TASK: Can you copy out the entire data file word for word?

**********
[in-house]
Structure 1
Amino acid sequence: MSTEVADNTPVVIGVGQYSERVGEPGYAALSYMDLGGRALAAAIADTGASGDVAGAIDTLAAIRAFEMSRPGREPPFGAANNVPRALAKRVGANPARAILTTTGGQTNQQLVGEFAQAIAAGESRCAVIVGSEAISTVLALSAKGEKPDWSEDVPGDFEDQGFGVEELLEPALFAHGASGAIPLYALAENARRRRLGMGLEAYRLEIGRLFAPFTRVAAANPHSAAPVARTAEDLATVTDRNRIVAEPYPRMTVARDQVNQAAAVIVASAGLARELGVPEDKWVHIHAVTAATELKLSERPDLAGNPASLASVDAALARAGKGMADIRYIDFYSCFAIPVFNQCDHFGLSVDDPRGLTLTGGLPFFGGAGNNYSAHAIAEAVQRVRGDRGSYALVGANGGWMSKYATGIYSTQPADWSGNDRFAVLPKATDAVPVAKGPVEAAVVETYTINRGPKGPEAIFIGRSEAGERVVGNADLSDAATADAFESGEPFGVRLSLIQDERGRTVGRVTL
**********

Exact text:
[in-house]
Structure 1
Amino acid sequence: MSTEVADNTPVVIGVGQYSERVGEPGYAALSYMDLGGRALAAAIADTGASGDVAGAIDTLAAIRAFEMSRPGREPPFGAANNVPRALAKRVGANPARAILTTTGGQTNQQLVGEFAQAIAAGESRCAVIVGSEAISTVLALSAKGEKPDWSEDVPGDFEDQGFGVEELLEPALFAHGASGAIPLYALAENARRRRLGMGLEAYRLEIGRLFAPFTRVAAANPHSAAPVARTAEDLATVTDRNRIVAEPYPRMTVARDQVNQAAAVIVASAGLARELGVPEDKWVHIHAVTAATELKLSERPDLAGNPASLASVDAALARAGKGMADIRYIDFYSCFAIPVFNQCDHFGLSVDDPRGLTLTGGLPFFGGAGNNYSAHAIAEAVQRVRGDRGSYALVGANGGWMSKYATGIYSTQPADWSGNDRFAVLPKATDAVPVAKGPVEAAVVETYTINRGPKGPEAIFIGRSEAGERVVGNADLSDAATADAFESGEPFGVRLSLIQDERGRTVGRVTL